A woman has been sentenced to six months less a day in jail to be followed by three years of probation for making a false statement to a Surrey passport officer and attempting to set up a falsified passport for her infant child.
A jury convicted Sapna Kapoor, a 44-year-old Indian national with a master’s degree in business administration, of attempting to utter a forged passport application and making the false statement in late September and early October 2017. She was convicted after being tried before a judge and jury in 22-day trial at B.C. Supreme Court in New Westminster.
The court heard Kapoor had been married for 16 months before separating from her husband and in that time they had a son.
Justice Murray Blok described her marriage as “difficult and fractious.” On Sept. 27, 2017 Kapoor went to a passport office in Surrey and presented a passport application for the child, containing a signature purported to be that of the father. The judge noted that this had been flagged by an alert system the father initiated with Passport Canada, “and so the application was not processed in the end, which explains the charge and ultimate conviction for attempting to utter a forged document.”
A few days later, a passport officer phoned her to do a parental verification check and she told the officer the father wasn’t available because he had left the country.
“Ms. Kapoor made the statement for the purpose of procuring a passport for their son; the statement was false; and Ms. Kapoor knew it was false,” Blok noted in his reasons for judgment.
The father, Sonam Makkar, provided the court with a victim impact statement.
“To summarize it very briefly,” Blok explained, “he said he has lived in constant fear that Ms. Kapoor might try to abduct their child back to India, a country which is not a signatory to the Hague Convention.”
The Crown sought a jail term of six to 12 months in jail followed by probation conditions “crafted to minimize the risk of unauthorized removal of the child from Canada,” the judge noted, adding that the maximum sentence for attempting to set up a fraudulent passport is five years in prison and two years for knowingly lying to a passport officer. Blok noted “these maximums do demonstrate the seriousness with which Parliament views these types of offences.”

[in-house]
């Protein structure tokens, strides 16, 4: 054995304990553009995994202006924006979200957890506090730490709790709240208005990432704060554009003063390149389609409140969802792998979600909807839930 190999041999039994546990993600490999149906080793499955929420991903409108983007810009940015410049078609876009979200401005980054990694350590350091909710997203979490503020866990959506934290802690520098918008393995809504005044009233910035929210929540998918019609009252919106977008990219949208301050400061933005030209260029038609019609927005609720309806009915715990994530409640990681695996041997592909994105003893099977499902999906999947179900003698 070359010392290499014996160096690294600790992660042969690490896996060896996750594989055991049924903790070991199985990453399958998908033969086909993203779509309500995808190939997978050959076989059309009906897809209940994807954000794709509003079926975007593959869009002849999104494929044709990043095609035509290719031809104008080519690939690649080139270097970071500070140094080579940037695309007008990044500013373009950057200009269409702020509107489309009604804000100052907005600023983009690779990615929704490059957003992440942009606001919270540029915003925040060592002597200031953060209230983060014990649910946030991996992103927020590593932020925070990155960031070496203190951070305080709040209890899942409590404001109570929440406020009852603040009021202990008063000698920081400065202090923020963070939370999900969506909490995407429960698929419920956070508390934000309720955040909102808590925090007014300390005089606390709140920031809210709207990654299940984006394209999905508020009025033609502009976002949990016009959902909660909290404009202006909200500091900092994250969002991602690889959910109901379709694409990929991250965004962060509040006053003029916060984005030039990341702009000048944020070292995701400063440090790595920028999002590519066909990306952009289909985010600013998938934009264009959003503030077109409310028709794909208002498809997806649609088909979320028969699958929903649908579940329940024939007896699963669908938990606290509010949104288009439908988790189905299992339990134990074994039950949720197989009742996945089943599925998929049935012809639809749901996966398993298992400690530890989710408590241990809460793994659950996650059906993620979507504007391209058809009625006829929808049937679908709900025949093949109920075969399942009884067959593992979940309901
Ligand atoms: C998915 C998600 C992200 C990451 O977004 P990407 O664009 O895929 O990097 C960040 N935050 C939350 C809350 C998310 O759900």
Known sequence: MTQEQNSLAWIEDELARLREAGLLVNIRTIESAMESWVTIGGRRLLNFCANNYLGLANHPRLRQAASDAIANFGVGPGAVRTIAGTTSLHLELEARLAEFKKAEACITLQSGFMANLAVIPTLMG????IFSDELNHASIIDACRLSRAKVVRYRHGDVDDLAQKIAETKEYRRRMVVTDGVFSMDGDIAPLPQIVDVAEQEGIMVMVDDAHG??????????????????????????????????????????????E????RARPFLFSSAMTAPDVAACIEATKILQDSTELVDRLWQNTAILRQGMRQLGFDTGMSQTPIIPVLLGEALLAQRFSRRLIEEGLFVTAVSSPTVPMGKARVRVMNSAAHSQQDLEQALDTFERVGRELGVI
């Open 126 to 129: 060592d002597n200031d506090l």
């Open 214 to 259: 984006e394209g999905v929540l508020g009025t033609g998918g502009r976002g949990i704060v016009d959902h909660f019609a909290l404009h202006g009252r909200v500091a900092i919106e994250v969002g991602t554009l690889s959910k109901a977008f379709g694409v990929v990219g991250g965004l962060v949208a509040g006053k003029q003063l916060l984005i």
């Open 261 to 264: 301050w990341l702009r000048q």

The defence argued for a conditional sentence order (house arrest). The judge, however, Kapoor’s “element of planning and implementation” to be an aggravating factor.
“These offences were not the result of momentary lapses of judgment,” he determined. “It is also an aggravating factor that Ms. Kapoor submitted this forged passport application for an infant against the express wishes of the father, the other parent, for the purposes of removing the child from this jurisdiction.”
Blok found Kapoor to be “unremorseful.” Given the importance of protecting the integrity of Canada’s passport system, he said, “general deterrence is a very important factor here.”
“She claims to have acted out of motherly love and that there was no risk of child abduction, but she has failed to recognize that her conduct reasonably gave rise to those very fears.”
Blok concluded that “only actual jail time would meet the sentencing objective of specific deterrence.”
“I have given careful thought to the length of sentence and I have given particular consideration to possible collateral immigration effects,” he said in his reasons for judgment. “”Ms. Kapoor may already have done irreparable damage to her future immigration status, but I am satisfied I can impose a sentence that meets all sentencing objectives here without creating potential immigration consequences.”
Among her probation conditions, Kapoor is not to take her son within a two-kilometre radius of Vancouver International Airport or within 100 metres of the Canada-U.S. border when he is in her custody or care.